The amazing novelty of plugins is new for all of us. We're still in a state of revelation in the fact that the best of analog is available to us now. But things are truly moving beyond that.

The very best, most creative and most groundbreaking of what digital audio processing has to offer? We have yet to see it. Much to look forward to in coming years, I'm proud to be a Gearslut

Last edited by Ishkash; 2 weeks ago at 04:02 AM..
Old 2 weeks ago
  #28
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loopy's Avatar
 

Interesting thread.. Personally, I think we are starting to peak for conventional plugins. So those that do EQ, reverb, etc and/or model classic hardware. I think that is kind of getting old at the moment.

OTOH, "mangler plugins", which is the playful name I give to plugins or processors that mangle the sound, twist it, bend it, make totally new and unique sounds out of the source and so forth are still going strong. In fact, the creativity amazes me.

When I think of mangler plugins I think Beatles playing tapes backwards, introducing all kinds of different type sounds and recording techniques and so forth.
Currently, IMHO this is where the action is these days.

BTW, I'm a traditional jazz artist so go figure
Old 2 weeks ago
  #29
Here for the gear
I use UAD plugins for adding color and the Fabfilter plugs for transparency. I have both hardware and UAD plugins for Tubetech CL-1b, Korg DS-3000, ADA stereo delay, Thermionic Culture Vulture, and the 1176 Rev A. After having compared these side-by-side, I feel that the plugin emulations for at least these hardware units are pretty spot-on. The difference comes in when the hardware is pushed particularly in case of the Rev A and TCV. The other thing I notice is I need several plugins in chain to get the final mix ITB but when I mix OTB (D-Box) I need very few plugs (sometimes none ) to get to the same end product - but that's a different story, I guess. Nonetheless, plugins are great and do make life a lot easier.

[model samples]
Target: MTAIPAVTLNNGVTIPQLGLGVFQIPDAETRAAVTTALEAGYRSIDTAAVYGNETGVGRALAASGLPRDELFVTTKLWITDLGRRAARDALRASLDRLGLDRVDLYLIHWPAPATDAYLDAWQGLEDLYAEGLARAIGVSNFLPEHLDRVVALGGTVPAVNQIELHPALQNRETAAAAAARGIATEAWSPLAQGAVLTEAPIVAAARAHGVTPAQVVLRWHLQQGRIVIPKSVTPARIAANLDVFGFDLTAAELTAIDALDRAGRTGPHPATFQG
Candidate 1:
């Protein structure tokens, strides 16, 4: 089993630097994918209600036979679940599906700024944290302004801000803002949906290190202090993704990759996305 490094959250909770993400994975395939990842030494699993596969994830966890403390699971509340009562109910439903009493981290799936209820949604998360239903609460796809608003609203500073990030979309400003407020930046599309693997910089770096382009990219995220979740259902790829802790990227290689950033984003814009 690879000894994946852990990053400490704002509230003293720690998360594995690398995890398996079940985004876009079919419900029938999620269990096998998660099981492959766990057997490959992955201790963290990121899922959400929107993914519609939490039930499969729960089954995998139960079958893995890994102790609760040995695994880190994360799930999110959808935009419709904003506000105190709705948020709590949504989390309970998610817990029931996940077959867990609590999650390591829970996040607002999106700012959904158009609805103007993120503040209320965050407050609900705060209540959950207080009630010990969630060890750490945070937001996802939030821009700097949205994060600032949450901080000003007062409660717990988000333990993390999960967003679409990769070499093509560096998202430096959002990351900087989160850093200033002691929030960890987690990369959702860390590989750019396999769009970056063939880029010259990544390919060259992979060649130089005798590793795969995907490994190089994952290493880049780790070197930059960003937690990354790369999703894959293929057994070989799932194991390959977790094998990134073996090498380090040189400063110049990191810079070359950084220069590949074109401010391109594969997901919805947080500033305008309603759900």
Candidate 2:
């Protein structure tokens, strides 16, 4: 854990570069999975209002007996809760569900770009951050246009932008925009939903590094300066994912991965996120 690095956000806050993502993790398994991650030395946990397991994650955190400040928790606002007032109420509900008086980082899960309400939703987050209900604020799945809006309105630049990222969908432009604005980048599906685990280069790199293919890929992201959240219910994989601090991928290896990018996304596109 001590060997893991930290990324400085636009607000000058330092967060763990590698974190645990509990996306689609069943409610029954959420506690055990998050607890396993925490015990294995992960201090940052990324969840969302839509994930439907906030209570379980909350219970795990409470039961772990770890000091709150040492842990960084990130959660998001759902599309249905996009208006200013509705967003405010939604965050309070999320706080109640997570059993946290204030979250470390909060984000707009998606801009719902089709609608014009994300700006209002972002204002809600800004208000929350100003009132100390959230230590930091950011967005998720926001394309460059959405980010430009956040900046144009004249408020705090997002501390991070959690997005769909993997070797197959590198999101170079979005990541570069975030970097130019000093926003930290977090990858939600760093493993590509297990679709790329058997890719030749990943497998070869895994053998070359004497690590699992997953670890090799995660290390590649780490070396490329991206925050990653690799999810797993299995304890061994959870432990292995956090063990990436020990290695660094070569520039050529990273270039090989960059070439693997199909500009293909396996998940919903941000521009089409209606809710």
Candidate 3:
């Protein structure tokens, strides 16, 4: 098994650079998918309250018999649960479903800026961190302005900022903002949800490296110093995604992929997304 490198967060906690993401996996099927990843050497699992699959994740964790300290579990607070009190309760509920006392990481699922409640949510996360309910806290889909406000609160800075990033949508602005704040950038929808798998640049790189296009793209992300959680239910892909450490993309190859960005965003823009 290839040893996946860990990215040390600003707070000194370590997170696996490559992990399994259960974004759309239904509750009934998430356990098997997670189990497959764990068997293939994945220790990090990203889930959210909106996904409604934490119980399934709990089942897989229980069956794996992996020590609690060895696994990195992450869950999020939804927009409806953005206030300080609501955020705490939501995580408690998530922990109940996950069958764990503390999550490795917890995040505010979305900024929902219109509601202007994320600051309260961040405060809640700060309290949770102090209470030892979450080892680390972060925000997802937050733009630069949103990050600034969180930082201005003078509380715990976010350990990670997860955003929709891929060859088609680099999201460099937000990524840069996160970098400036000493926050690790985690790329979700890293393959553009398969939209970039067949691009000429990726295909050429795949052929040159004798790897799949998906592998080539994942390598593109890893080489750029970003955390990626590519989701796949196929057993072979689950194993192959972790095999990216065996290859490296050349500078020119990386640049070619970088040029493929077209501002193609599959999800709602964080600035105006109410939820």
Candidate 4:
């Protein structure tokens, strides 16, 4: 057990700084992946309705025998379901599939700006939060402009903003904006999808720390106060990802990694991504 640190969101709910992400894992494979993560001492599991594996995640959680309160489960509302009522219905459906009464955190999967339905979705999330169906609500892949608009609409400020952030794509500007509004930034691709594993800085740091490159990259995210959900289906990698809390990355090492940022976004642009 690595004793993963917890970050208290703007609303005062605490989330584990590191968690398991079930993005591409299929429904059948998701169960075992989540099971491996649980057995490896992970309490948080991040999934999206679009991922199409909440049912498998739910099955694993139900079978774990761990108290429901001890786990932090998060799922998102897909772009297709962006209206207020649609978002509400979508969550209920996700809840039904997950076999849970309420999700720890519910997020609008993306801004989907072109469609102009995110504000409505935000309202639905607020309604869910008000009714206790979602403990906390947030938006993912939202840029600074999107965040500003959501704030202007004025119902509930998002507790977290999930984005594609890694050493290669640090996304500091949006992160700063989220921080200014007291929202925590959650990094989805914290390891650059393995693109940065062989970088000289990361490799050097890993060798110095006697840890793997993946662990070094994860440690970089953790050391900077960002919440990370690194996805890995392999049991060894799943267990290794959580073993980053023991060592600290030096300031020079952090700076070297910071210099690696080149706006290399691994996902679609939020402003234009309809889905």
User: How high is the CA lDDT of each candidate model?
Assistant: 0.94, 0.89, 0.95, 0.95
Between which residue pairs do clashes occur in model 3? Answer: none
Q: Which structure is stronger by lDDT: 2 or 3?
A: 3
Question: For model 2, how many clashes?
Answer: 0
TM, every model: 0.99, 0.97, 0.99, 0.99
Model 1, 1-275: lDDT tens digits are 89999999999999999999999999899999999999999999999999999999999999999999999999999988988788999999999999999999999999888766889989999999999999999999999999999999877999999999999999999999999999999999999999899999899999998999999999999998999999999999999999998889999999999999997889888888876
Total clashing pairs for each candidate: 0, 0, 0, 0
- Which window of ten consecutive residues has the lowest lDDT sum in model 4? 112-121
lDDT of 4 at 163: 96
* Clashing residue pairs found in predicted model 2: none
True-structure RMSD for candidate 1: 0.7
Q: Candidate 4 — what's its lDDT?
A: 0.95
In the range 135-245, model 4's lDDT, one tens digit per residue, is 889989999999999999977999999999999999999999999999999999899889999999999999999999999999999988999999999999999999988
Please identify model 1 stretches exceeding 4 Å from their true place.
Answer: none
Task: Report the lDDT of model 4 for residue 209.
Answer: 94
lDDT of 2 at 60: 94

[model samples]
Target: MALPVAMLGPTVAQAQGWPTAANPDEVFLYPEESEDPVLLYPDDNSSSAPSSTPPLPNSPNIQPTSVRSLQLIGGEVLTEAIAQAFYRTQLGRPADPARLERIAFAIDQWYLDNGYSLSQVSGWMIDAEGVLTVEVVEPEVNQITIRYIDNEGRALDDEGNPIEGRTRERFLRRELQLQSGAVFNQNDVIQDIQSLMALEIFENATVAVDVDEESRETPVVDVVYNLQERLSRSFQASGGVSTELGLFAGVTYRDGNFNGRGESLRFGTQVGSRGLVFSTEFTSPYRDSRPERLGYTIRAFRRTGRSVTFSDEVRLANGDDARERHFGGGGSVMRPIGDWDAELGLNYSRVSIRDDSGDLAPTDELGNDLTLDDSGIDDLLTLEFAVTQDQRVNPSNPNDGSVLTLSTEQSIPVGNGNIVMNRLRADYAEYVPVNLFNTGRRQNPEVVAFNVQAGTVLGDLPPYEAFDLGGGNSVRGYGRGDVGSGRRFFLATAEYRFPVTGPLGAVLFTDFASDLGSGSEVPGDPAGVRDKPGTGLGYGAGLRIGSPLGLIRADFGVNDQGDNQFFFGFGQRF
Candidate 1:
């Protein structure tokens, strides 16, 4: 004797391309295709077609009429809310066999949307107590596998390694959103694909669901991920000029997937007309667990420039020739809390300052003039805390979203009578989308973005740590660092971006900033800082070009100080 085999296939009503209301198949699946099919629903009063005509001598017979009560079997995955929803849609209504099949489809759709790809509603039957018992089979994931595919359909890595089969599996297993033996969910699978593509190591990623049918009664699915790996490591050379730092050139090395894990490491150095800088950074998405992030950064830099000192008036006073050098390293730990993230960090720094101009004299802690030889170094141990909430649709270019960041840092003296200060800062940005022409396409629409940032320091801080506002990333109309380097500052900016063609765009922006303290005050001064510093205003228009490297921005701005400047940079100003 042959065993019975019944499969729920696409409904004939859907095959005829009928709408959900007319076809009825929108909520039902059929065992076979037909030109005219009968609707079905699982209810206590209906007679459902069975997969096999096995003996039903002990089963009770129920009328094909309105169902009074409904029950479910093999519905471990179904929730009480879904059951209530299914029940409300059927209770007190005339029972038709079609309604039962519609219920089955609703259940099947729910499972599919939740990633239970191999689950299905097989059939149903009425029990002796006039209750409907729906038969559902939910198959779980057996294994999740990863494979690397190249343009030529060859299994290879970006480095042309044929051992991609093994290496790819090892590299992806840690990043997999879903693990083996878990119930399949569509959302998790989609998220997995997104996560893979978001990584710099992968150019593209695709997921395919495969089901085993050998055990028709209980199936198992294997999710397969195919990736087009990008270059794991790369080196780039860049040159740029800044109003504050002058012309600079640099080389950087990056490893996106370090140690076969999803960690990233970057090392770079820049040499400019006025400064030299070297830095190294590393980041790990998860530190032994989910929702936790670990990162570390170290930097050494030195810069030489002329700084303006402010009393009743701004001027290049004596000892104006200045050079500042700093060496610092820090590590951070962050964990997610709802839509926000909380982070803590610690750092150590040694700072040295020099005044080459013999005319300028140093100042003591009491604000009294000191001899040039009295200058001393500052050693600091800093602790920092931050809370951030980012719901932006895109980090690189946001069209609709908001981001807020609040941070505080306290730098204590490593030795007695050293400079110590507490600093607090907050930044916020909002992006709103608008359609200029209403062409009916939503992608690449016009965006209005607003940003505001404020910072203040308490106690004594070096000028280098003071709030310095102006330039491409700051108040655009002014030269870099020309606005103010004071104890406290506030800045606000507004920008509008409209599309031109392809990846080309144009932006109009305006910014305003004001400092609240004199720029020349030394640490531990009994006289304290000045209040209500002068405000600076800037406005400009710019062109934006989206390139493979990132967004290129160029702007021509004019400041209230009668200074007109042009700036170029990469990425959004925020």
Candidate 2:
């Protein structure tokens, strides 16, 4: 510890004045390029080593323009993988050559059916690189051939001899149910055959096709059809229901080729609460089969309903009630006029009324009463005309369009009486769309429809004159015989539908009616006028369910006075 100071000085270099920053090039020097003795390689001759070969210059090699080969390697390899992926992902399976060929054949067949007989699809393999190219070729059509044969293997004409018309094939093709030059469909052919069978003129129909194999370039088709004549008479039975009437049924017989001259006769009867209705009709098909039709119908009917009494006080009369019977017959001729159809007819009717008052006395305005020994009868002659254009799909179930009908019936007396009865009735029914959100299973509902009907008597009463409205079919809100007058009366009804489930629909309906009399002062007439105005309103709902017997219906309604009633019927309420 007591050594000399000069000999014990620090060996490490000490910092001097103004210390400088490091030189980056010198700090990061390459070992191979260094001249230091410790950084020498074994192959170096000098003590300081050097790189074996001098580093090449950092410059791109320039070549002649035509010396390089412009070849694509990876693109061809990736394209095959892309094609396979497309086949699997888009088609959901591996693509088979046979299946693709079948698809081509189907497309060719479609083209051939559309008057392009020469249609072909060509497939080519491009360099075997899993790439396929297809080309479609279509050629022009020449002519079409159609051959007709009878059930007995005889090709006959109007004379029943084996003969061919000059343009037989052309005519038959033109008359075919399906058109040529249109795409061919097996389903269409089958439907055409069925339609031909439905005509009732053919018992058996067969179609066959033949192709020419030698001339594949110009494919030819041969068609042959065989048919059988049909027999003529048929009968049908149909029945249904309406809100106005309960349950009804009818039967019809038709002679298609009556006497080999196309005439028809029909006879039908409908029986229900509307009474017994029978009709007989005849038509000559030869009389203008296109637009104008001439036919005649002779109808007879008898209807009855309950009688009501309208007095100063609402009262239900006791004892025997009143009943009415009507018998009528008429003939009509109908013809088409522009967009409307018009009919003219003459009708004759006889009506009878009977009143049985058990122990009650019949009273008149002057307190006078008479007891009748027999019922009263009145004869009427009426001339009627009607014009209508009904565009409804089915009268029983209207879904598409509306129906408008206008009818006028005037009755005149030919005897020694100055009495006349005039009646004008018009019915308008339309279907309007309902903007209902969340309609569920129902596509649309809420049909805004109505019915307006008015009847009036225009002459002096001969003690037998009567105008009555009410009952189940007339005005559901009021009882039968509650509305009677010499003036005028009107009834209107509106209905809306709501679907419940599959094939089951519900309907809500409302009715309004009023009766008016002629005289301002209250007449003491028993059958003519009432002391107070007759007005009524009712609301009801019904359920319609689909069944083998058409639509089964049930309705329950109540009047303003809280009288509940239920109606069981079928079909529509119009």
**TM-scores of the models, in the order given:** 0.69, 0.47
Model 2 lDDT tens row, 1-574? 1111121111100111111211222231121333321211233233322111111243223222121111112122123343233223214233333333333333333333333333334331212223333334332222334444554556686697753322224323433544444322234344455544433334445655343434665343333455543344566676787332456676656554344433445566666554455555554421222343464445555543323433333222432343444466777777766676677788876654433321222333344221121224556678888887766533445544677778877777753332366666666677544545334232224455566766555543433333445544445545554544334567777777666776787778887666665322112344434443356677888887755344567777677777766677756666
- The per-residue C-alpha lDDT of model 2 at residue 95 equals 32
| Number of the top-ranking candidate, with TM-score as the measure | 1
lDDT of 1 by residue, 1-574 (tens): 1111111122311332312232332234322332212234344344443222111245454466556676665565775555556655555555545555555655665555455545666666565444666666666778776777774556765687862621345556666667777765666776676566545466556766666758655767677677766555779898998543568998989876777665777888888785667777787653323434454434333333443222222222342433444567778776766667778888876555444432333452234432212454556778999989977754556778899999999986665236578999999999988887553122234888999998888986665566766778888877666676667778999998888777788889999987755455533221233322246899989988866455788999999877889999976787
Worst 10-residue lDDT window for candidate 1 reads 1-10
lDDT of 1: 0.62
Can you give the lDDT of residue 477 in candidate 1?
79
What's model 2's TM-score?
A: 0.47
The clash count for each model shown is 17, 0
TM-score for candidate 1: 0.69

My 2 cents.
Old 2 weeks ago
  #30
Gear Guru
 

Quote:
Originally Posted by loopy View Post
OTOH, "mangler plugins", which is the playful name I give to plugins or processors that mangle the sound, twist it, bend it, make totally new and unique sounds out of the source and so forth are still going strong. In fact, the creativity amazes me.
Besides the Analog models and the Manglers, I think we also need to describe a third category of plugs - not sure what good name would be? Maybe "Miracle Utility"?

Spectral noise removal things like Izotope RX and algorithmic 'separators' like Audionamix ADX are performing functions that in the very recent past were considered "impossible". That's two right there and that's only scratching the surface. The various "riders" and "surfers" "aligners" and "spacemakers" allow us to link the performance of one mix element to another ways that make traditional side-chaining seem quaint. Many of these things are starting to use AI processes to analyze and identify elements as we humans hear them - for example to listen to a mixed track, figure out what part of the waveform is "drums" and raise or lower the drums - from within an already recorded mix.

I enjoy my classic processors, and I enjoy some of the wild and crazy far out sounds and 'effecty' plugs, but some of these new utility devices are actually changing the way I mix. The effects are not as 'dramatic' as some science-fiction mangling, but they are no less revolutionary in the long run.